Kevin Bridges has warned fans not to use ticket site Viagogo after touts targeted his latest tour.

The Clydebank comedian lamented the ‘bonkers’ ticket prices listed on the site which were in some cases up to six times their original face value.

The Daily Record reports that scalpers are trying to make a huge profit despite tickets still being ­available on Ticketmaster and other primary sites.

It is understood that £25 tickets are being sold for as much as £160 on Viagogo.

READ MORE: Kevin Bridges teases fans with 'potential' new tour dates

In response to this Bridges said: “Bonkers. Again, please don’t use these sites folks.

“Potentially some new dates coming over the week or so. Working on it.

“Only buy off the venue’s own sites and Ticketmaster.”

However, the popular stand-up has faced backlash from fans who say that his tour organisers should have tougher measures in place to prevent extortionate reselling.

One fan said: “Sorry Kevin but why allow it then? All that is needed is ID that matches the name on the ticket for entry. Simple, if you were that bothered you’d sort it.”

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Adam Webb, of pressure group FanFair Alliance, told the Daily Record: “The great news for Kevin is there’s some pretty light touch measures that would help prevent his audiences being exploited by ticket touts – especially as his shows are all-seated.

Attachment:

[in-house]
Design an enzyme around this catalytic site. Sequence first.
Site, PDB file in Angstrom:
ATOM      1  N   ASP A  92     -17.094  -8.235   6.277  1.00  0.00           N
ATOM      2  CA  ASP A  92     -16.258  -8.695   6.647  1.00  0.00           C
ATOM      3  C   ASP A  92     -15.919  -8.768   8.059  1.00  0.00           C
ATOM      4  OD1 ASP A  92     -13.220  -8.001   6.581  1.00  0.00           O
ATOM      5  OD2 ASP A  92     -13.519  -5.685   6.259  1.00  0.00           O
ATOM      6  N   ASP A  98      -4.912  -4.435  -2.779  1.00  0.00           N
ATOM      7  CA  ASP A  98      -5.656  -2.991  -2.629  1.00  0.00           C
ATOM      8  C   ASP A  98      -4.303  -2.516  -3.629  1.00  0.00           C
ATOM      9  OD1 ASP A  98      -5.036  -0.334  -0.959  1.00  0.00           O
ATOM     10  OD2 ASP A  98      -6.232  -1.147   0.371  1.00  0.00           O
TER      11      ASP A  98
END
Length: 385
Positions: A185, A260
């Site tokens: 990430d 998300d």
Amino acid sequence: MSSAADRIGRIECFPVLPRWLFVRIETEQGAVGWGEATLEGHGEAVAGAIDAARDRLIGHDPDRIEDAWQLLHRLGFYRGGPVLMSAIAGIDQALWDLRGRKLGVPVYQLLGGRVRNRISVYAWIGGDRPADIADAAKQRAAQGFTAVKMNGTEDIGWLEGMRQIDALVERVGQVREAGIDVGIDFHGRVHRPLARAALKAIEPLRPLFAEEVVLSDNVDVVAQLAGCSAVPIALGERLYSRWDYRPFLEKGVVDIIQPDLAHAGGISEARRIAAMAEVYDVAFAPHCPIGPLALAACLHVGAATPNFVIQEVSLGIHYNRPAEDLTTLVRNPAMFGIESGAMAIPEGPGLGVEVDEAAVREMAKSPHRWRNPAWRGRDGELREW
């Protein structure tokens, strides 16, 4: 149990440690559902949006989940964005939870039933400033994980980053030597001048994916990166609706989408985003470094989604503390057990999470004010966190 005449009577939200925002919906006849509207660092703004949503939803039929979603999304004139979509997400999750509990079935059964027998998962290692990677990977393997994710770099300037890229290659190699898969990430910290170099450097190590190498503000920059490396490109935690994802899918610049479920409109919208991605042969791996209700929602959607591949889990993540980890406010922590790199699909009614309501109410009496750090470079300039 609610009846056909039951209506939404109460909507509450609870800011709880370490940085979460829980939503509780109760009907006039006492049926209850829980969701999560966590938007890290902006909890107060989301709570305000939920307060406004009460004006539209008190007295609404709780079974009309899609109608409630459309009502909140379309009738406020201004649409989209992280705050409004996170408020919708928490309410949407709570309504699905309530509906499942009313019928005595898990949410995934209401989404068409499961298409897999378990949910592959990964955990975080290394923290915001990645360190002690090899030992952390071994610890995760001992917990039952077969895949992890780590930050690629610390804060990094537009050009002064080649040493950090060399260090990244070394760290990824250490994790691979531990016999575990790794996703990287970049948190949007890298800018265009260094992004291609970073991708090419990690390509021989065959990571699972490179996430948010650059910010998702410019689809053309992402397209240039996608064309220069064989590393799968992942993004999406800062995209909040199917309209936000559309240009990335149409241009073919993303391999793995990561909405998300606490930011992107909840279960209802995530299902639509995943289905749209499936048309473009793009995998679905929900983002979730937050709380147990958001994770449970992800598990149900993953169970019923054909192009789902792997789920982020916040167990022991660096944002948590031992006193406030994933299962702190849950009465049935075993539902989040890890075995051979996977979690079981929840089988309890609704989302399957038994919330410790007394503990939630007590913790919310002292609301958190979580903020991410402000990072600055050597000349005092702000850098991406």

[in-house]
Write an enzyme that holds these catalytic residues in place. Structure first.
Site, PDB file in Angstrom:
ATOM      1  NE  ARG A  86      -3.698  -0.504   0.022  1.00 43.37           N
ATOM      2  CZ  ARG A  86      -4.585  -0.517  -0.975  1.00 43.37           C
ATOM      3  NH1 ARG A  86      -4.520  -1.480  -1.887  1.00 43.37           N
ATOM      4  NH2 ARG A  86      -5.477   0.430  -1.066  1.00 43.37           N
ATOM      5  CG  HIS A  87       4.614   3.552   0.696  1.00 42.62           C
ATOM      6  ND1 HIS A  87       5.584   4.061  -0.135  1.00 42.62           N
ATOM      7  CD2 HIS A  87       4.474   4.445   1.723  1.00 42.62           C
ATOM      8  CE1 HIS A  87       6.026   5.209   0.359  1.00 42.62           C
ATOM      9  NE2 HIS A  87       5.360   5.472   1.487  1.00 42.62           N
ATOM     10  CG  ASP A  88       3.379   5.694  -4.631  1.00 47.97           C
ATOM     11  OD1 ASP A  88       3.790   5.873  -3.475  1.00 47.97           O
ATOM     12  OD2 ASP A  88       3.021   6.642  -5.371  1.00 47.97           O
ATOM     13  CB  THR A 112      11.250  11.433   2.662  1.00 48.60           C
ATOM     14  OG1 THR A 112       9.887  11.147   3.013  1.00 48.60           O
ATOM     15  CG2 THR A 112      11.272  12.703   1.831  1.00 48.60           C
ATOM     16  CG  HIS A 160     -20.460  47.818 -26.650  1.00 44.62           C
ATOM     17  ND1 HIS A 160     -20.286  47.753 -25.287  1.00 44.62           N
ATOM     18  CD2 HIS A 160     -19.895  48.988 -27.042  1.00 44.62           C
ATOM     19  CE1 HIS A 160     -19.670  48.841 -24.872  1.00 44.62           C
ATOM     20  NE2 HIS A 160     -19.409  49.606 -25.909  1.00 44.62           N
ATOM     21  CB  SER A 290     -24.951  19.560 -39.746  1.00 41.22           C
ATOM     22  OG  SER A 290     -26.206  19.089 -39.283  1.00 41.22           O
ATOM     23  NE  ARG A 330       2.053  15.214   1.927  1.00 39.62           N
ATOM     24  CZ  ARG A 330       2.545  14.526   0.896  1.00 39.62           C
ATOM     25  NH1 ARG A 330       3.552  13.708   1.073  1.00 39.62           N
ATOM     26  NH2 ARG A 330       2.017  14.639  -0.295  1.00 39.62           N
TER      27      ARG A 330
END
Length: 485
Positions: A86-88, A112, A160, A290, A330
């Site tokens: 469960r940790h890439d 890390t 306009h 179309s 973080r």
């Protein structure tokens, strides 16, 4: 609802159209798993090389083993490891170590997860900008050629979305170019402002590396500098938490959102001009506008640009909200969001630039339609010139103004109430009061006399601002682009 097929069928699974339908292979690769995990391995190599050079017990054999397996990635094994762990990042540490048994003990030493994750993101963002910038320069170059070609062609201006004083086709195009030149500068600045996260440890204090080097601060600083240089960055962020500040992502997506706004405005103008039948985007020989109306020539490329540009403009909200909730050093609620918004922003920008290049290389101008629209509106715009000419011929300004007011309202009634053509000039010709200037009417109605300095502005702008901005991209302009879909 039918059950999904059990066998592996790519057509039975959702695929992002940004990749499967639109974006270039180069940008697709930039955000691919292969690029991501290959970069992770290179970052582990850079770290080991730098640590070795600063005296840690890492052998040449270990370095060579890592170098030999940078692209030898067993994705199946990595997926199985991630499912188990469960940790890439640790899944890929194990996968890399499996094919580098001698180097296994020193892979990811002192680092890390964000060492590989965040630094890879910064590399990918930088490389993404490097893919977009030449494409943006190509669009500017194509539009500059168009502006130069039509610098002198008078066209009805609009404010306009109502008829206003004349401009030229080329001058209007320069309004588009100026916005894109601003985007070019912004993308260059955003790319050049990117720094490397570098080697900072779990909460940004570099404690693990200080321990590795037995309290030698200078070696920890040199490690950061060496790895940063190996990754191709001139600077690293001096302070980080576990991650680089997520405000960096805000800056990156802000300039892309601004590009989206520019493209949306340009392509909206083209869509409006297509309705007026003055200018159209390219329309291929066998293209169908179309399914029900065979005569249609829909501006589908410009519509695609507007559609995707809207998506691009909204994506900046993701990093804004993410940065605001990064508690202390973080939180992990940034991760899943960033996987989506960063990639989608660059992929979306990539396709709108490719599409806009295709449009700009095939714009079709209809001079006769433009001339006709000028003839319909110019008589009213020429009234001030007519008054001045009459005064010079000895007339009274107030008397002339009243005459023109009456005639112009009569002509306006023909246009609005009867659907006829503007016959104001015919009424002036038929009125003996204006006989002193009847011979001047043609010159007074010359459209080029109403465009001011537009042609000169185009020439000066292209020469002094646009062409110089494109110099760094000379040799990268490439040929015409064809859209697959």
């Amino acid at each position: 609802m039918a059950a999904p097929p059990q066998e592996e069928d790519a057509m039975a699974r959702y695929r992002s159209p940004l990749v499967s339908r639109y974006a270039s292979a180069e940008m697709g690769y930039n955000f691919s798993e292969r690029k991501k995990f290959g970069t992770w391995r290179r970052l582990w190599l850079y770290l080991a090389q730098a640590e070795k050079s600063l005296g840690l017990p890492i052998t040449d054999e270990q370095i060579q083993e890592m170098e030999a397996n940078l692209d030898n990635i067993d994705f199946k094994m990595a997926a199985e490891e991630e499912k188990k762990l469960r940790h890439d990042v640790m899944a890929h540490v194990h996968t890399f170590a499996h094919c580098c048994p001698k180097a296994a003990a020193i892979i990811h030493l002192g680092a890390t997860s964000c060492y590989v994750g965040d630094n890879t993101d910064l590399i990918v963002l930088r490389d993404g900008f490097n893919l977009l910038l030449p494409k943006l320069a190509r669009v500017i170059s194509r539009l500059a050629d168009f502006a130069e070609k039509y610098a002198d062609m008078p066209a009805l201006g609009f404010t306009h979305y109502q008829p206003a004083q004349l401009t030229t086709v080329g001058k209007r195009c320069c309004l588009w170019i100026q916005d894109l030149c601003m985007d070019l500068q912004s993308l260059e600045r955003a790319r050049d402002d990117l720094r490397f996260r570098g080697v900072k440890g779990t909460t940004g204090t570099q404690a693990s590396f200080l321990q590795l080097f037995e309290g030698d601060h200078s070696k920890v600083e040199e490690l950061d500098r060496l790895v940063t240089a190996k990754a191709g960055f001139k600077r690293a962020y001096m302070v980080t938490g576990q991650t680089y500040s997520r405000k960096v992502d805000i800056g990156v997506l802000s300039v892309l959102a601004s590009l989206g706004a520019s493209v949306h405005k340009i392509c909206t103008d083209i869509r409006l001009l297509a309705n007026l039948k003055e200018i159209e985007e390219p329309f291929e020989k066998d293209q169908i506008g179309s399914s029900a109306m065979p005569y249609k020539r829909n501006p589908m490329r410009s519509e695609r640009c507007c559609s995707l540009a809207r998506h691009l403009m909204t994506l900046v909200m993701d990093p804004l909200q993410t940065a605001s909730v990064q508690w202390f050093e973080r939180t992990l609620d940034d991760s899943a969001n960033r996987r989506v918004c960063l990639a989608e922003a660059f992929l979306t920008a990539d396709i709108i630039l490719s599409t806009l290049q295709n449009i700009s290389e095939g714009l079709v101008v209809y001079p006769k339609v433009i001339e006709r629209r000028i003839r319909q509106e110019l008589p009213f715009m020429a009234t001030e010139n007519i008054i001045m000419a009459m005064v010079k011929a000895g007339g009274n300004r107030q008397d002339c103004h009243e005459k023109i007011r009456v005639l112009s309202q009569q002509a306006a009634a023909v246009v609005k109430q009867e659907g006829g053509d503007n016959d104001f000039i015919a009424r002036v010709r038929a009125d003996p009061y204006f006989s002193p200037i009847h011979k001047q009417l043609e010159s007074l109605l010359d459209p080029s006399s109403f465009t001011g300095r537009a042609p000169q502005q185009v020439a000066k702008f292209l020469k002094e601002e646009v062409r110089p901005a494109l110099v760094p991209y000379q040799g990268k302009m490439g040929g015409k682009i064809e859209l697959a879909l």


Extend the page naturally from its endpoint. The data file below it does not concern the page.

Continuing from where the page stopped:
“If they’re interested in taking some action on this issue, I’d definitely welcome his manager or promoter getting in touch, and I’d be very happy to advise.”

A spokesperson for Viagogo said in response to the comments: "Viagogo provides a flexible and secure resale platform where sellers decide the price.

"The artist himself acknowledges that further tour dates are likely to be announced and at that time we’d expect prices on dynamic marketplaces, like viagogo, to fall.

"We strongly feel that there needs to be more ticketing transparency for consumers, holding back tour announcements and ticket allocations is a strategic tool used by promoters to create this type of ticketing frenzy.

"Additionally, the right to resell tickets is governed by the CMA so it’s not within the scope of primary ticket sellers and event organisers to enforce unfair resale restrictions that only serve to harm the consumer experience and limit choice.”